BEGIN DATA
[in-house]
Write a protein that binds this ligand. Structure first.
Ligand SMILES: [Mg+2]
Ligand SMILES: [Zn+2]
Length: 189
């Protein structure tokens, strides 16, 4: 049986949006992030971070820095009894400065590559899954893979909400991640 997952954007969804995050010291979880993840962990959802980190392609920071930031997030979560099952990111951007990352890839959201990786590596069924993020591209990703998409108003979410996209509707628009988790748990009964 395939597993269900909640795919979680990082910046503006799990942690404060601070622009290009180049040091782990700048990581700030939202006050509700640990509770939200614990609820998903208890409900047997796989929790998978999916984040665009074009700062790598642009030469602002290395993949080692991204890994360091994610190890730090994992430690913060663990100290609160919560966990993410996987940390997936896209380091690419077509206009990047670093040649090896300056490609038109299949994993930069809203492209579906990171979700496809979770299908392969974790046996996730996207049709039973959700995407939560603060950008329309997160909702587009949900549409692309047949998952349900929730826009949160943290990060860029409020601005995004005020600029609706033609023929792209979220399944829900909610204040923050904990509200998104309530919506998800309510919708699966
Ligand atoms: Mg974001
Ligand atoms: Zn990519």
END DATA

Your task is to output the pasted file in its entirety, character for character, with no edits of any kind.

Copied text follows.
[in-house]
Write a protein that binds this ligand. Structure first.
Ligand SMILES: [Mg+2]
Ligand SMILES: [Zn+2]
Length: 189
């Protein structure tokens, strides 16, 4: 049986949006992030971070820095009894400065590559899954893979909400991640 997952954007969804995050010291979880993840962990959802980190392609920071930031997030979560099952990111951007990352890839959201990786590596069924993020591209990703998409108003979410996209509707628009988790748990009964 395939597993269900909640795919979680990082910046503006799990942690404060601070622009290009180049040091782990700048990581700030939202006050509700640990509770939200614990609820998903208890409900047997796989929790998978999916984040665009074009700062790598642009030469602002290395993949080692991204890994360091994610190890730090994992430690913060663990100290609160919560966990993410996987940390997936896209380091690419077509206009990047670093040649090896300056490609038109299949994993930069809203492209579906990171979700496809979770299908392969974790046996996730996207049709039973959700995407939560603060950008329309997160909702587009949900549409692309047949998952349900929730826009949160943290990060860029409020601005995004005020600029609706033609023929792209979220399944829900909610204040923050904990509200998104309530919506998800309510919708699966
Ligand atoms: Mg974001
Ligand atoms: Zn990519």